January 18

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“For as Jonah was in the belly of the great fish for three days and three nights, so will the Son of Man be in the heart of the earth for three days and three nights” (Matthew 12:40 NLT).

From: January 18, 2019


Jesus affirmed two miraculous events in one verse. First, what many call fable, Jesus treated as fact. Jesus not only affirmed the Jonah story in Scripture, but saw it as a Messianic sign. Second, He prophesies His own death and resurrection. Modern man may discount the stories of the Bible as myth, but Jesus did not. He not only believed Scripture, He fulfilled it.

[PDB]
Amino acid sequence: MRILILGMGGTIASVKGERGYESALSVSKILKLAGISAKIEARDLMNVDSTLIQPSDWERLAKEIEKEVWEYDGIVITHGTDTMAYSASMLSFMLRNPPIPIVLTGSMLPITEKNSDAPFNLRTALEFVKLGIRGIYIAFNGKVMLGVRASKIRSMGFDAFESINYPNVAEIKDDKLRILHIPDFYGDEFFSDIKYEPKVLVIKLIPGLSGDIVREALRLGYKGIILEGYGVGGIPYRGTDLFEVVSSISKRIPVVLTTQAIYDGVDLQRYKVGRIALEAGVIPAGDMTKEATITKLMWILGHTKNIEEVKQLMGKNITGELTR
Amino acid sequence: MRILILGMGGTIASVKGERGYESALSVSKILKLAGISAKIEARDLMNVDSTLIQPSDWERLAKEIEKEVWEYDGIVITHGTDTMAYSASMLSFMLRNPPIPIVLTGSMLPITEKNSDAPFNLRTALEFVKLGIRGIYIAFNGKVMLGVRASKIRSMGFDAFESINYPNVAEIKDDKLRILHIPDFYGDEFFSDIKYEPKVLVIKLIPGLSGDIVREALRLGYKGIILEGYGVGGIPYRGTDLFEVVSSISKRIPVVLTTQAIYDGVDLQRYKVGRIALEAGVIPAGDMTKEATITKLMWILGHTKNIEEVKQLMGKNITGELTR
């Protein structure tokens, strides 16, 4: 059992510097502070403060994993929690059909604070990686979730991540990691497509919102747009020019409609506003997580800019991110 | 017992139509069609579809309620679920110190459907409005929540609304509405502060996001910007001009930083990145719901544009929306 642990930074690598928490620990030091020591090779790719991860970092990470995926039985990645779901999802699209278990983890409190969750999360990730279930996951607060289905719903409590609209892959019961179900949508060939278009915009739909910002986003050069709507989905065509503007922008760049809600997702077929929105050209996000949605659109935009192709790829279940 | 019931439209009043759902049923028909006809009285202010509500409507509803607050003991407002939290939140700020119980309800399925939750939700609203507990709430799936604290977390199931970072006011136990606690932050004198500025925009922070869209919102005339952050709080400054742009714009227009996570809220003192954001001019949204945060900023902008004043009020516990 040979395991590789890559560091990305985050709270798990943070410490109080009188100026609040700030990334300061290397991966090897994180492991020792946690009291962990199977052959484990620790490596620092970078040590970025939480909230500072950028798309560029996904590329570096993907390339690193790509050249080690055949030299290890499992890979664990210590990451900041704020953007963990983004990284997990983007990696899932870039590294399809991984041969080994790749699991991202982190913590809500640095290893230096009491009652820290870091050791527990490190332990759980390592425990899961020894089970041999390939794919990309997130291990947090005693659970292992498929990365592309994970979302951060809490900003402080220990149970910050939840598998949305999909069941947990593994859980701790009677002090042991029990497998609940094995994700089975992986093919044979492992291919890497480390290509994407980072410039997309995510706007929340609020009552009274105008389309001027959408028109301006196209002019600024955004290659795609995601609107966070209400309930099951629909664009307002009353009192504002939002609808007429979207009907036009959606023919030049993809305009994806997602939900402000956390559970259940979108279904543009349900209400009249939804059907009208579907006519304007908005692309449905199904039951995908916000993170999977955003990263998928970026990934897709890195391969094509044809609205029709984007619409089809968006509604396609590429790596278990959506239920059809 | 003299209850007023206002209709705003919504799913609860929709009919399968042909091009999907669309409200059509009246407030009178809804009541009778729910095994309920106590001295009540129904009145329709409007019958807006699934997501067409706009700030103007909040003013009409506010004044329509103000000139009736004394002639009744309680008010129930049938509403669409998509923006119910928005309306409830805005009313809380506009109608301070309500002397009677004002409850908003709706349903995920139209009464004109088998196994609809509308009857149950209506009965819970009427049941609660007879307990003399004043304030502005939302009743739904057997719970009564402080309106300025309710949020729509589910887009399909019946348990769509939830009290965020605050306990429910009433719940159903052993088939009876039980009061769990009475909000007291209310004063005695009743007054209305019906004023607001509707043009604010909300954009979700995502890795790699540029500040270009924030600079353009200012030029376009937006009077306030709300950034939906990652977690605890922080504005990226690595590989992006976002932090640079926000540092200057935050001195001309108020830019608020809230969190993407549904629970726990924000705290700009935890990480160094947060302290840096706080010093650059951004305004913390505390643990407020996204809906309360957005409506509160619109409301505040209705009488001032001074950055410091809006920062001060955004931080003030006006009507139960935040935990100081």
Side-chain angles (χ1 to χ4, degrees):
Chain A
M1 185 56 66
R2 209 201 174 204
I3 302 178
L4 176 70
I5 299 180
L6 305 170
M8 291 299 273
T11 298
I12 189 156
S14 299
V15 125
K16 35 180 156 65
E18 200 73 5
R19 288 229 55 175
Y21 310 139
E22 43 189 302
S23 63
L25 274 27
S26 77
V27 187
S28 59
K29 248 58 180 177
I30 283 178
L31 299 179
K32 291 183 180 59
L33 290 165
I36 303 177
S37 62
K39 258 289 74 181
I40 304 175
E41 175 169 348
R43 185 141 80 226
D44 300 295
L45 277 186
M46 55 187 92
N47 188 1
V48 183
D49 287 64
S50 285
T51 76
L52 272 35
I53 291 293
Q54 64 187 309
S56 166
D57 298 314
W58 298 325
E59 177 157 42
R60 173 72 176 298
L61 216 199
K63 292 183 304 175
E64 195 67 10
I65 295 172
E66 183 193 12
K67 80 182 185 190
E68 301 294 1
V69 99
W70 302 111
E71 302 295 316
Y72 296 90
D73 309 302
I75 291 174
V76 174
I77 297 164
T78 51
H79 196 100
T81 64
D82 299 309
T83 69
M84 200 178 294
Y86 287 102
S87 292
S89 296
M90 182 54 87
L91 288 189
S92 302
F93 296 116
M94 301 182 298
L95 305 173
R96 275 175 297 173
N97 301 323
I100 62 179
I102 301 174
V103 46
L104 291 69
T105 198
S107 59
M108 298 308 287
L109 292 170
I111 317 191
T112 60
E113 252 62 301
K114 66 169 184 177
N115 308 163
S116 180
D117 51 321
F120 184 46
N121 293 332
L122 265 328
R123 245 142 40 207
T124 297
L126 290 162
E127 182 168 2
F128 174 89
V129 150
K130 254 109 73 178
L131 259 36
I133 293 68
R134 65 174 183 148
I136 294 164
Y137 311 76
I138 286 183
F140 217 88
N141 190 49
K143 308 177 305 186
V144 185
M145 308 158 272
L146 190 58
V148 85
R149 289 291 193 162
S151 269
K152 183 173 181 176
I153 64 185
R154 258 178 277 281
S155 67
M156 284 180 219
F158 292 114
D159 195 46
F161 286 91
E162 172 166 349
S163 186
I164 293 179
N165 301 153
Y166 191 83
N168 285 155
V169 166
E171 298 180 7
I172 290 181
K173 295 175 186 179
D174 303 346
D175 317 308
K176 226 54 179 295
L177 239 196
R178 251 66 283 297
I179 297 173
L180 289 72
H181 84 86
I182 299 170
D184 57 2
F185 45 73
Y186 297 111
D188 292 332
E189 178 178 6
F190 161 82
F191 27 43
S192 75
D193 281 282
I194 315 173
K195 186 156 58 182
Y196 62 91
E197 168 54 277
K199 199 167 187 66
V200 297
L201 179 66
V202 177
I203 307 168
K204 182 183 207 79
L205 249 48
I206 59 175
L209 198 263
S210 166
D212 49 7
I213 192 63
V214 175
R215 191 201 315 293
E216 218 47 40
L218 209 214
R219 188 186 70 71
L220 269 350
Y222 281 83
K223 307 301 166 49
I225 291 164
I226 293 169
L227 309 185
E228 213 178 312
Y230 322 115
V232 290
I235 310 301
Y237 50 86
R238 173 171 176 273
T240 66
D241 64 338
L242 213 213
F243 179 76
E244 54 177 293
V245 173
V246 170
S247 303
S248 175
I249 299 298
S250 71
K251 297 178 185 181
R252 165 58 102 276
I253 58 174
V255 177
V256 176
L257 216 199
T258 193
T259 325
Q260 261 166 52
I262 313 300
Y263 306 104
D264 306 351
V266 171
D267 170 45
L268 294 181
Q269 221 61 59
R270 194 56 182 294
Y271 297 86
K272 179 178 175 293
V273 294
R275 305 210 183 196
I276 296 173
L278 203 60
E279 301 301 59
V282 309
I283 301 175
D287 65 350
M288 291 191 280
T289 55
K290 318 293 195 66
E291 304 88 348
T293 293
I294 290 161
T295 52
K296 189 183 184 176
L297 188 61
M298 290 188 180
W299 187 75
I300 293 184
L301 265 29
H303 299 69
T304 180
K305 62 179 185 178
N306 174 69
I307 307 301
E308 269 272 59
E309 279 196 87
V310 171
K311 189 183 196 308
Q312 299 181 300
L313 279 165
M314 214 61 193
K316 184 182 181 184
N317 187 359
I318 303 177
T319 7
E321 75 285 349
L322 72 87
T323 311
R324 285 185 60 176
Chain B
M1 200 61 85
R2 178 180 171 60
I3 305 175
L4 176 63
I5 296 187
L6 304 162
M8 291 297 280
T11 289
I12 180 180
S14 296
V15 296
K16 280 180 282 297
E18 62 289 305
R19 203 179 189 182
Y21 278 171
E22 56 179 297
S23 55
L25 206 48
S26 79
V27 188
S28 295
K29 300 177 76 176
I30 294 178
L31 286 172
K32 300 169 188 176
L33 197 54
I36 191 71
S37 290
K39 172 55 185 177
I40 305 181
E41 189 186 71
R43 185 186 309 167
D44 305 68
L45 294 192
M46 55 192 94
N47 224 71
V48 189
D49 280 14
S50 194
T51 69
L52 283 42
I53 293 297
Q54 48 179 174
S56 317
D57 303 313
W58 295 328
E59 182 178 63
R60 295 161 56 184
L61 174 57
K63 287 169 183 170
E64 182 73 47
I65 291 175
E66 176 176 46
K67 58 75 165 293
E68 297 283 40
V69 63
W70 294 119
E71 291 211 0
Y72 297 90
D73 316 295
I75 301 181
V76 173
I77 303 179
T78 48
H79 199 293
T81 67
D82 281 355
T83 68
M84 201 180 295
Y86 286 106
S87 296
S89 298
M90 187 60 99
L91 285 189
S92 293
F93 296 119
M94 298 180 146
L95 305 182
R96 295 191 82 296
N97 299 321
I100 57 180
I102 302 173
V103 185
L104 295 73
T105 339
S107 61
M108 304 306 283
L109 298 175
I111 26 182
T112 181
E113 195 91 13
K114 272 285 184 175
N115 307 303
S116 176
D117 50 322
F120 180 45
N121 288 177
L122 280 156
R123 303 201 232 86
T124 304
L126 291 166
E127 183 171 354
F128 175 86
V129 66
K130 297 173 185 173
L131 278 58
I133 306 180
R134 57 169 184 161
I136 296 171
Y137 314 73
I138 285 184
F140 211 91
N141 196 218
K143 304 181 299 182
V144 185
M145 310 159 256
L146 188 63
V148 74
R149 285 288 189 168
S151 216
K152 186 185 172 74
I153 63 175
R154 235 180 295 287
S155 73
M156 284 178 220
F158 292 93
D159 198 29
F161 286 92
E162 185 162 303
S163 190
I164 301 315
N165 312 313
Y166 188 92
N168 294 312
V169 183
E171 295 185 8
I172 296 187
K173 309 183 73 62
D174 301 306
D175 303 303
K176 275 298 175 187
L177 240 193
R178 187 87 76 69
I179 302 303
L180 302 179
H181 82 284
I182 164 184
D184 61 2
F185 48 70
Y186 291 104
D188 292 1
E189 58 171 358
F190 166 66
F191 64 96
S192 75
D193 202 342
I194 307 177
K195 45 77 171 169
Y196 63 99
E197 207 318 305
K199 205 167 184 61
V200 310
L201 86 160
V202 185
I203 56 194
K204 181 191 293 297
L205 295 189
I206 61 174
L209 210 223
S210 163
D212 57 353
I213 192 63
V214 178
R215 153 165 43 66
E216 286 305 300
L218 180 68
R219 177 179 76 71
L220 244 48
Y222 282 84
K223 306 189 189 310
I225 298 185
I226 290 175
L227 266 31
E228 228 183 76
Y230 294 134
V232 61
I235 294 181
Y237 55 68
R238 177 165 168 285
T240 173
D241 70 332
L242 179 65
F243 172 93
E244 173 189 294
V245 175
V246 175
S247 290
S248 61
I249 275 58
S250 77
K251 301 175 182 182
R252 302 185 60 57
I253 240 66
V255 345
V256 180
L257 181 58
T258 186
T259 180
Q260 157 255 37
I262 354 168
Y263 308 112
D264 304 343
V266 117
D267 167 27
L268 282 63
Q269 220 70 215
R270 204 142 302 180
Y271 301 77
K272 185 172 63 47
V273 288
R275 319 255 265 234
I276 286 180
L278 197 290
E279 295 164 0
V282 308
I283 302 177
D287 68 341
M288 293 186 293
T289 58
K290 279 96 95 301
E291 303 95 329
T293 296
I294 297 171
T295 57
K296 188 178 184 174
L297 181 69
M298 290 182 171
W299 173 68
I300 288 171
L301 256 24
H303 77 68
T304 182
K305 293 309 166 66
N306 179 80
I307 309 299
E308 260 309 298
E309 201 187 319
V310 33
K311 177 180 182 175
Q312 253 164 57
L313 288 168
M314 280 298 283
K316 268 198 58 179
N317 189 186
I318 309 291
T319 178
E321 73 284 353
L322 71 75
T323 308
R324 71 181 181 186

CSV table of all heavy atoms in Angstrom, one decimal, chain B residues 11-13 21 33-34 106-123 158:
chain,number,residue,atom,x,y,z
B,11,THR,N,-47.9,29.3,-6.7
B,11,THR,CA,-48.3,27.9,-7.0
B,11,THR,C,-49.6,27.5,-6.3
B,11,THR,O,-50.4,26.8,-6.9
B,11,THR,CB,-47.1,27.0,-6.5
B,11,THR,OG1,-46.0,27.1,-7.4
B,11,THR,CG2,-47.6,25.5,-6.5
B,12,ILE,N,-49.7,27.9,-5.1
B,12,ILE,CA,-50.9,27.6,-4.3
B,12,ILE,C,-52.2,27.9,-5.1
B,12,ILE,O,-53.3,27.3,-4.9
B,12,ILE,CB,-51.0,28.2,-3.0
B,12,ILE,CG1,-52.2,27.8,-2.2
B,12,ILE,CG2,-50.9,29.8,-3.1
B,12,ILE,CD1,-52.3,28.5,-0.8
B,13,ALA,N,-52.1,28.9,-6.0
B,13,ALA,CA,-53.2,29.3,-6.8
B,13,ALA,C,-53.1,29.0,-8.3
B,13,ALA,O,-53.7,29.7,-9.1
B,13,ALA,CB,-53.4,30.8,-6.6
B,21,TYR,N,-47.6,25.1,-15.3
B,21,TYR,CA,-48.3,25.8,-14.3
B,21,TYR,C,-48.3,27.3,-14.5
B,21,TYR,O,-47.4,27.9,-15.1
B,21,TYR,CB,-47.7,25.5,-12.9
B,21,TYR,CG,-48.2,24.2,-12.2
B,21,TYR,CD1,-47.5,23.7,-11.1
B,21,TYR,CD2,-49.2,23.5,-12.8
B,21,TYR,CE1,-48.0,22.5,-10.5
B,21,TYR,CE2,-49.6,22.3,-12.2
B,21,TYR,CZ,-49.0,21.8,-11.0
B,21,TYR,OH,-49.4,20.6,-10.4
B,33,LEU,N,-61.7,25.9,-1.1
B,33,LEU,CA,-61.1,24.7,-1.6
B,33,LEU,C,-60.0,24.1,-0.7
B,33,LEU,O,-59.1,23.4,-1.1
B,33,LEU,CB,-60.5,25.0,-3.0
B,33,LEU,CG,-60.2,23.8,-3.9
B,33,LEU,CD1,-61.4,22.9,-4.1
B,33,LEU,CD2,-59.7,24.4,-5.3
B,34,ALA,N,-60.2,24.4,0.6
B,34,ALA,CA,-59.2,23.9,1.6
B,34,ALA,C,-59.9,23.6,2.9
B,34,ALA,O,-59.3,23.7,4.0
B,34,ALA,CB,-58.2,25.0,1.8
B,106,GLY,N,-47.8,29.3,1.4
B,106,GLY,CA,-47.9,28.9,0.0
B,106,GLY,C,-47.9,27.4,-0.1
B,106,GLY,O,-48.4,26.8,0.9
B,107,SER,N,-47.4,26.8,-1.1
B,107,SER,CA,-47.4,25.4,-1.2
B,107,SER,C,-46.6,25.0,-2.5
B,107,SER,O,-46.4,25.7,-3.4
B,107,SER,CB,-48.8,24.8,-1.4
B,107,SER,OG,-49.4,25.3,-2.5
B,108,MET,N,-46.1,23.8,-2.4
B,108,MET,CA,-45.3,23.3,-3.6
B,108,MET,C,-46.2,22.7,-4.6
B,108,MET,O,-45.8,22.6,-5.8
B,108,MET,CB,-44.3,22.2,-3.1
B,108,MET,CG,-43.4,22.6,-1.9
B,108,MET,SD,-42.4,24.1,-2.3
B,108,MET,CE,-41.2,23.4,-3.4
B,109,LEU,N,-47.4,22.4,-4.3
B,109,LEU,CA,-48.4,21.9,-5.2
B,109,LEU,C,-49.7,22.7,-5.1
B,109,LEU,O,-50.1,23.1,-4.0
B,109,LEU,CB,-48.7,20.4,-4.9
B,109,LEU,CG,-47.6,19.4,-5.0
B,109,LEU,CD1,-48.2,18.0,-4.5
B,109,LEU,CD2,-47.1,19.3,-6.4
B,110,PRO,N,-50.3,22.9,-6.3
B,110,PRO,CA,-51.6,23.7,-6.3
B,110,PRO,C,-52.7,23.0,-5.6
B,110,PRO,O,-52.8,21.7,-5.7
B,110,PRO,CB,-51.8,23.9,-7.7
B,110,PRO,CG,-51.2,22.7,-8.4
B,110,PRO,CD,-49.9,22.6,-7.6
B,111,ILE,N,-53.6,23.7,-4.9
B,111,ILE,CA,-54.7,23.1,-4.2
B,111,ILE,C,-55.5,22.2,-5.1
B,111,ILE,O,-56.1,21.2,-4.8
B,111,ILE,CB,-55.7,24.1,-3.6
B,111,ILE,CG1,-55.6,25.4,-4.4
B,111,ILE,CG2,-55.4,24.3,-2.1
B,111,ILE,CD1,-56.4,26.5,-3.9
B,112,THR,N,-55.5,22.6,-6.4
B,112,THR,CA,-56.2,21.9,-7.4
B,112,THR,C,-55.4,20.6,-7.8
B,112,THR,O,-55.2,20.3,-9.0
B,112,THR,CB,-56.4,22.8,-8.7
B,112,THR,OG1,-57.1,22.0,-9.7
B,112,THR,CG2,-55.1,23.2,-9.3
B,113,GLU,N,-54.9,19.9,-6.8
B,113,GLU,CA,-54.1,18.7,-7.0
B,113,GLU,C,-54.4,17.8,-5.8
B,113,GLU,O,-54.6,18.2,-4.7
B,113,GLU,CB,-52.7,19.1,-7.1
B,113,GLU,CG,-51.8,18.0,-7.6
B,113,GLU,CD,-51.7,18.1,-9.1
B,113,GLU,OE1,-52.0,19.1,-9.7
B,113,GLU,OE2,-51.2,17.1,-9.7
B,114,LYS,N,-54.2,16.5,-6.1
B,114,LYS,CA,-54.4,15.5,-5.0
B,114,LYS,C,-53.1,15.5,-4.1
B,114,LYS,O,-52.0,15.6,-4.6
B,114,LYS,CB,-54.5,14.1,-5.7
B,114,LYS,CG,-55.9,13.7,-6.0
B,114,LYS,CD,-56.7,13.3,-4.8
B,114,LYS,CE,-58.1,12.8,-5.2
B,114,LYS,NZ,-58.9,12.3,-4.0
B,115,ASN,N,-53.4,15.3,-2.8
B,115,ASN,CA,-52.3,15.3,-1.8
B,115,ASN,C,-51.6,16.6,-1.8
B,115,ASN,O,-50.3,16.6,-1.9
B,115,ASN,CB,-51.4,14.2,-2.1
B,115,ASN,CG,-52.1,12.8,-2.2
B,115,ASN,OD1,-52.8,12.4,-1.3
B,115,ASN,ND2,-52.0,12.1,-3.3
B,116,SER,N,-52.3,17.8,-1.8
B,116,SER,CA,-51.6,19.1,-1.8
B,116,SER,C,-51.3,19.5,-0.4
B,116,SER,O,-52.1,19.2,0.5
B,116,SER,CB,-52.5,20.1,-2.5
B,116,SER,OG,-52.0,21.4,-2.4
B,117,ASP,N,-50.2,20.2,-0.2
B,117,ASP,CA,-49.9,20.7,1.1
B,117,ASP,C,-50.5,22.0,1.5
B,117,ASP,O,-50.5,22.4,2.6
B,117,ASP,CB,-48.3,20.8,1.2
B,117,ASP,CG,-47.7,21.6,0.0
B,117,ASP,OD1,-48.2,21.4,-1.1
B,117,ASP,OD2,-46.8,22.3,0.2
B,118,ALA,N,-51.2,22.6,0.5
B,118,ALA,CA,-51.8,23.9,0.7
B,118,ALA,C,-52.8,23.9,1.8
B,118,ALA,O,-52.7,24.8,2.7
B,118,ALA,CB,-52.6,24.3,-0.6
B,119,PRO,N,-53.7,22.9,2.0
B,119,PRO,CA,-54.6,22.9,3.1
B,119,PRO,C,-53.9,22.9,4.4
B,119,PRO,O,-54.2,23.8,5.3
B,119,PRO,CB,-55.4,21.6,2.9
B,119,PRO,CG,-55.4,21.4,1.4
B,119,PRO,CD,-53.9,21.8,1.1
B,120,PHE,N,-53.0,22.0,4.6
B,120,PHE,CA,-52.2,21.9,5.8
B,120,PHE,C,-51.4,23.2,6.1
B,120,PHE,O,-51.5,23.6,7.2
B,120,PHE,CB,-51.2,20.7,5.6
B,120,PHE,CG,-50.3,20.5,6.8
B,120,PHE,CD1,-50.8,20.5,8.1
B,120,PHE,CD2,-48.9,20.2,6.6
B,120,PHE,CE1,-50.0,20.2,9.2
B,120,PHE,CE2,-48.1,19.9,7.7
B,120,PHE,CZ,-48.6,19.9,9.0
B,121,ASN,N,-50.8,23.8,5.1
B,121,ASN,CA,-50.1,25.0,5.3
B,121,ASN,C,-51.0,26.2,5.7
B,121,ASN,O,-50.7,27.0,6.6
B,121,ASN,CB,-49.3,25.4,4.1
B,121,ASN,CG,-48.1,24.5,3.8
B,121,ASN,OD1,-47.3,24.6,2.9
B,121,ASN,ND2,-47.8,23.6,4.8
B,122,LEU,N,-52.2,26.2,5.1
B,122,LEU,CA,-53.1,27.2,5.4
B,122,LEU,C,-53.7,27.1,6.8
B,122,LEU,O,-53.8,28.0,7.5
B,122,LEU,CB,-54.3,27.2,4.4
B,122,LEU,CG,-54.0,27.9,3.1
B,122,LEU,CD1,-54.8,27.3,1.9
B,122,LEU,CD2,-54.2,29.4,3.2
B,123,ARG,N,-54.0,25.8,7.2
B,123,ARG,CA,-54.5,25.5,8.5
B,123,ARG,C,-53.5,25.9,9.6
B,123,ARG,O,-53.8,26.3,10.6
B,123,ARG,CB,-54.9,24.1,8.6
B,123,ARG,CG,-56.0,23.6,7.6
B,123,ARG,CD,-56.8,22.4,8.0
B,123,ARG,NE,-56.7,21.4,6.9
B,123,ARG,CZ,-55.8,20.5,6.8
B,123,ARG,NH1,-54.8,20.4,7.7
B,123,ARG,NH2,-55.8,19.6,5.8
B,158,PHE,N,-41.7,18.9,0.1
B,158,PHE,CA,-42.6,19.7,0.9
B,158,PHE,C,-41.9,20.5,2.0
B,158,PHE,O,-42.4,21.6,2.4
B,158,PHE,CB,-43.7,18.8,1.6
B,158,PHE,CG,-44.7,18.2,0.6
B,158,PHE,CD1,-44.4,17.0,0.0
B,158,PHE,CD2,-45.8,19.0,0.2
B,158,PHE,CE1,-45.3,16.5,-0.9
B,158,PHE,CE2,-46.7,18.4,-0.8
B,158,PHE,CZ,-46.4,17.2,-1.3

Many have a hard time believing that the Jonah story is true. But which is harder to believe? That Jonah survived three days in the belly of a fish? Or that Jesus was raised from the dead after three days in a tomb? Jesus believed both. And I believe in Jesus. This is not blind faith. It is simple trust in the One that has saved us.
PRAYER: Lord, thank You for overcoming sin, death and the grave, so that we might be saved. We serve a risen Savior! Help us to trust Your written Word as we trust in You, the Living Word. Your Word is life to us. In Jesus name, Amen.

“Anyone who speaks against the Son of Man can be forgiven, but anyone who speaks against the Holy Spirit will never be forgiven, either in this world or in the world to come.” (Matthew 12:32 NLT).

From: January 18, 2018